Sometimes Not Looking Sick is Frustrating

Sometimes Not Looking Sick is Frustrating

Lately I have spent a lot of my time working on social media to help raise awareness of Multiple Sclerosis and while browsing Facebook, Twitter, Pinterest, and Instagram I kept seeing a lot of posts about “what people should know about MS” or “what I wish people understood about MS”. A really good topic if you ask me because, for the most part, the average individual has no ideawhat MS even is let alone how it can affect people “behind the scenes”. I read so many great posts and so I really tried to look at MS from a third person point of view in order to better understand how the world around me sees the disease that I live with every single day. The point of the majority of the posts that I looked at seemed to be to try to help people understand that there is an objective side to MS that you cannot see. If you recently broke your leg then everyone would be able to tell based on how you look with your cast and crutches (objective) but what they will never be able to see is your chronic pain or fatigue (subjective). Those things are not visible. So while all of this information was very important stuff that I also wish people understood, I felt like something was missing. So I began to think about what I personallywish people understood about my MS.

Translating my experience

So firstly, I have always tried to help people understand this same idea; the idea that there is a whole side to MS that they can’t see. “You cannot see how I cannot see,” I would tell people when describing my vision. But even then, I felt like I was not really translating my experience of what it is actually like to have optic neuritis, oscillopsia, see quick flashes of light while I lie in bed with my eyes shut at night, or even lose a bit of color in one eye. I felt like all I was really communicating was the simple fact that I could not do something that they could because “I have some weird brain disease”. I was telling them what a symptom actually was and how it worked; an objective fact, not a subjective experience.

No outward signs of my visual symptoms

Now, I am just using my vision as an example, obviously there is a huge laundry list of other symptoms that a lot of people with MS (myself included) experience every single day that people cannot see but my visual symptoms have always stood out to me. Through my eyes the world does not look like what it did 5 years ago. I can’t even look at things the same way anymore; trying to shift my eyes from one object to another creates ripples, things are always moving, and they won’t focus as quickly as they should. Yet, despite the fact that I often feel like the world around me is a chaotic and swirling mess of blurry colors, I can look at my eyes closely in the mirror and they look totally “normal”. They look like what anyone else’s eyes would look like which is just crazy to me. How can there be no outward signs of what I am experiencing when it feels so devastating? I can sit at a small coffee table with a friend and have a full out conversation in what (to them) seems like a totally peaceful environment even though to me? I may feel sick to my stomach because everything looks so crazy. I could spend hours trying to describe to them what it’s like, but in the end? They will never know exactly what it is like for me through my eyes because it, like so many other MS symptoms, is a subjective experience that “not being able to read line 3 on an eye chart” does not even begin to explain.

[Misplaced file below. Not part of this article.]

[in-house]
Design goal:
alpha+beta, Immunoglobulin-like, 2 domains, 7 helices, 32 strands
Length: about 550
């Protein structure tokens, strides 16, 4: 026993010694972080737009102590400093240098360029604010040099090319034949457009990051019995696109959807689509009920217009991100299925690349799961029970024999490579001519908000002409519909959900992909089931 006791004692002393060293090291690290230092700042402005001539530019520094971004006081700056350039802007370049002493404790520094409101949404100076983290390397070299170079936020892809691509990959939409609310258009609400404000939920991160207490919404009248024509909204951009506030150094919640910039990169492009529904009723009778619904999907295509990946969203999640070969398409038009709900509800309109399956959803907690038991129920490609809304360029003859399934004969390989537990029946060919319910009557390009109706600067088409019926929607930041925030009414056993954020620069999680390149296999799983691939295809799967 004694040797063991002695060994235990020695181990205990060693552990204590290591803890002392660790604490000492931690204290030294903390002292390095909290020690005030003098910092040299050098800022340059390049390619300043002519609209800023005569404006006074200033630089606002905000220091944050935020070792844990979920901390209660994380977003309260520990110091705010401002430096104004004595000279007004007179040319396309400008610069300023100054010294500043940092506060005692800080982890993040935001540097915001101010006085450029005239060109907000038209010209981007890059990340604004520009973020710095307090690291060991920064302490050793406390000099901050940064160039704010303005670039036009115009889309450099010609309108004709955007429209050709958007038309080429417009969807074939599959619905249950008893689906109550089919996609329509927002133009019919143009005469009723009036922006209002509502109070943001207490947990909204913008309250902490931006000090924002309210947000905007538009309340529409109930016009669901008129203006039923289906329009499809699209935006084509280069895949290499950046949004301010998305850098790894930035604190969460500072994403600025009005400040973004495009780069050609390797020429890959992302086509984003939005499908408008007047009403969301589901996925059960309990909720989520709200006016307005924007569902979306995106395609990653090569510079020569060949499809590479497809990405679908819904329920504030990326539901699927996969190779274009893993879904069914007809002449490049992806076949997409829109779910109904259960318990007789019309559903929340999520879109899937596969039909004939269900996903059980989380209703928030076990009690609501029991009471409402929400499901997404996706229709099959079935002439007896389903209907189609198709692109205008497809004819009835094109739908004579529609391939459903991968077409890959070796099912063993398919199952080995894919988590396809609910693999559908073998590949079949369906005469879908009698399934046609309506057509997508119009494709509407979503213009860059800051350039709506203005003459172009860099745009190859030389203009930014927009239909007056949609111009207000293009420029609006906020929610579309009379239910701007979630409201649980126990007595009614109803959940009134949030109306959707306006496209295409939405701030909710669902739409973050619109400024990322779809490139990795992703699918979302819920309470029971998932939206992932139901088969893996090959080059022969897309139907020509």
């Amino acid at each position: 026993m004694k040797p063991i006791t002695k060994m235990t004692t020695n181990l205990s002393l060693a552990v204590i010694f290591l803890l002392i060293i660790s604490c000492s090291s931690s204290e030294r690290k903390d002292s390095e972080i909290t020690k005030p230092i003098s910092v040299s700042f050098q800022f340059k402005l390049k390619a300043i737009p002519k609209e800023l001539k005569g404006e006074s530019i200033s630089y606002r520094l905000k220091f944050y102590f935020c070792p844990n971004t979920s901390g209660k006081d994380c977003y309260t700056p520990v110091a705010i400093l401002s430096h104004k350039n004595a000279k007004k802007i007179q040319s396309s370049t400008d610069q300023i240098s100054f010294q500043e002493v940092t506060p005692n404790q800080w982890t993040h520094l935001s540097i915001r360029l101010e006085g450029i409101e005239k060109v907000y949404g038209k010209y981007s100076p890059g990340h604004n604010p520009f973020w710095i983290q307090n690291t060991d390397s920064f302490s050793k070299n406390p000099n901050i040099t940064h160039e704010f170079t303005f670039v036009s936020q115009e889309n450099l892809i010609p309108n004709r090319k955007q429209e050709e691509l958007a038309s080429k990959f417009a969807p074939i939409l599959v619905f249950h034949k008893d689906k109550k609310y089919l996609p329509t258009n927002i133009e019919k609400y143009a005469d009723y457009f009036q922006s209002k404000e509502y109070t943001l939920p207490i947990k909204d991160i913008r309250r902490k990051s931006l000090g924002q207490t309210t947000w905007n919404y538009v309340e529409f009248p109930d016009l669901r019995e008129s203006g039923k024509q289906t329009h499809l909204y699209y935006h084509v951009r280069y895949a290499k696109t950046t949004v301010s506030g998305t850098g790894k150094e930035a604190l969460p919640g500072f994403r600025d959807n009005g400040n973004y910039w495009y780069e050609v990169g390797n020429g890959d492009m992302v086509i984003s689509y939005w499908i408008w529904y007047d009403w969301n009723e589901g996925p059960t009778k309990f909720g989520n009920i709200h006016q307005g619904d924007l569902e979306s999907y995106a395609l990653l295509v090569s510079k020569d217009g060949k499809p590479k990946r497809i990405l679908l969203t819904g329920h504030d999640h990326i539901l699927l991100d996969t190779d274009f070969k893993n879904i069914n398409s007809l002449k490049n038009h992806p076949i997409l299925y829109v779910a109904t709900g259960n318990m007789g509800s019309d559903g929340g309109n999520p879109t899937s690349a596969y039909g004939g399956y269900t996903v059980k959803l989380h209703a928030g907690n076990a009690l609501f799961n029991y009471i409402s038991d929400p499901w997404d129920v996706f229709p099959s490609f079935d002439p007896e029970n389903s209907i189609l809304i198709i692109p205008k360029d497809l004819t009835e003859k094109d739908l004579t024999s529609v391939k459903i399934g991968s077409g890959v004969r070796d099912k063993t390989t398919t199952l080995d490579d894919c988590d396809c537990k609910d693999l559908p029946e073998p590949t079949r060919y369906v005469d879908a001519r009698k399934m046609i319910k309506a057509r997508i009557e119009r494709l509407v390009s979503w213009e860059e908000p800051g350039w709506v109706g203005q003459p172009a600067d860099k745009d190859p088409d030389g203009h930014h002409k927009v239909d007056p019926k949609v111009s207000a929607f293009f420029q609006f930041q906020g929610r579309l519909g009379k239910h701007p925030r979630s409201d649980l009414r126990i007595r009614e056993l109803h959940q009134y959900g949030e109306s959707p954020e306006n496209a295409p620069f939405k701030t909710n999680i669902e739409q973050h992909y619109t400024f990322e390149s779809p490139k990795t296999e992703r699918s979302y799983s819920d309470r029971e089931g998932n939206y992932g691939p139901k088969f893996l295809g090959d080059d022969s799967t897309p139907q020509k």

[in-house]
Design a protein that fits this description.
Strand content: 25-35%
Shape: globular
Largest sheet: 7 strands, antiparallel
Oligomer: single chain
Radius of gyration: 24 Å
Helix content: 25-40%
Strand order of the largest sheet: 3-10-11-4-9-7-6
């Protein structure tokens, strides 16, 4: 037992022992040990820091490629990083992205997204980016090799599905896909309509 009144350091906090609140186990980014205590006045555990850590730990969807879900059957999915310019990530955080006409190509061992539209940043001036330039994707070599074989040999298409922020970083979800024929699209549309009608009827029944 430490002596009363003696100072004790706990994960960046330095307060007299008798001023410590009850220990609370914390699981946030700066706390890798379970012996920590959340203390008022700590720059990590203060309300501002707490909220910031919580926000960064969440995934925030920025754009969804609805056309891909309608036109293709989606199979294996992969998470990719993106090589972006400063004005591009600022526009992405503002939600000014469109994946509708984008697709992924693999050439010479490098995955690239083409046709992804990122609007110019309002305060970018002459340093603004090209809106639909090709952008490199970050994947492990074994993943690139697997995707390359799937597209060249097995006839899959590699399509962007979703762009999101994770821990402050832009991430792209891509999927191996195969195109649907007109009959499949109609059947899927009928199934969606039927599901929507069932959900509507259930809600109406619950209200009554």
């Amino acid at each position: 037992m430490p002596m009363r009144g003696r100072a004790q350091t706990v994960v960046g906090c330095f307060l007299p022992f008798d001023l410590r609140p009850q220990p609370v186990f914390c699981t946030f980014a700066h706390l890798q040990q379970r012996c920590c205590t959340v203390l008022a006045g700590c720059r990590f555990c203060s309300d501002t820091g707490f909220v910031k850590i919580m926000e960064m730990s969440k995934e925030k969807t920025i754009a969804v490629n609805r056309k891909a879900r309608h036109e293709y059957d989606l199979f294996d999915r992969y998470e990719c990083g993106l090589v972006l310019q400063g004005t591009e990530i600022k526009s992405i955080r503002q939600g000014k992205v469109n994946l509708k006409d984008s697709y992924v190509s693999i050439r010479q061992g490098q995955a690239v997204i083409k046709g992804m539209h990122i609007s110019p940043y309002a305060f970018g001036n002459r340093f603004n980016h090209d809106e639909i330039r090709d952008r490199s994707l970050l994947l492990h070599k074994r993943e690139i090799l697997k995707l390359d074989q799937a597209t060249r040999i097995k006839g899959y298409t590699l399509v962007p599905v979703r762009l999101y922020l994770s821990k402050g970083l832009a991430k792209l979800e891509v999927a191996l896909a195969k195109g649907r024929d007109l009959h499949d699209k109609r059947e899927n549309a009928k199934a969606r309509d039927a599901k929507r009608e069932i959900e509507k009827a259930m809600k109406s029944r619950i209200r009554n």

How does the world see me?

So what I am basically saying is the same old thing everyone with MS already knows; just because I look fine does not mean I feel fine. “If I felt half as good as I look then I would be in perfect health”, is what I often tell people. But that is the problem… I have to tell them that. I don’t have the option of telling every single person I walk by in society, a society that typically jumps to conclusions based on what they see. I am 27 years old but I have an aggressive case of a chronic autoimmune disease that’s attacking my central nervous system, a part of me that is hidden from the eyes of the world around me. I have, over time, needed a wheelchair, walker, arm crutches, a cane, and sometimes nothing at all as MS can dramatically change day to day. So with that in mind, if I were just standing in a crowd of people I would blend right in because I look fine but when I am actually walking around the store or an airport I am probably going to be using my cane because between my vision and my balance (two things you can’t actually see like a broken leg) I would not be able to walk without falling on my face if I wasn’t using it. So, though I am not self-conscious, I can’t help but wonder; what do people think when they see a 27-year-old walking past them with a cane? I know how I see the world but how does the world see me? I have grown to hate being told by people, “well, you are looking great”, as if that was at all an indication of how I am actually doing. Now don’t get me wrong, I am not saying that I wish I looked sick so that people would be able to tell that I am sick, I am just saying that sometimes not looking sick can be frustrating because the majority of what I have to battle every waking moment of my life is completely invisible.

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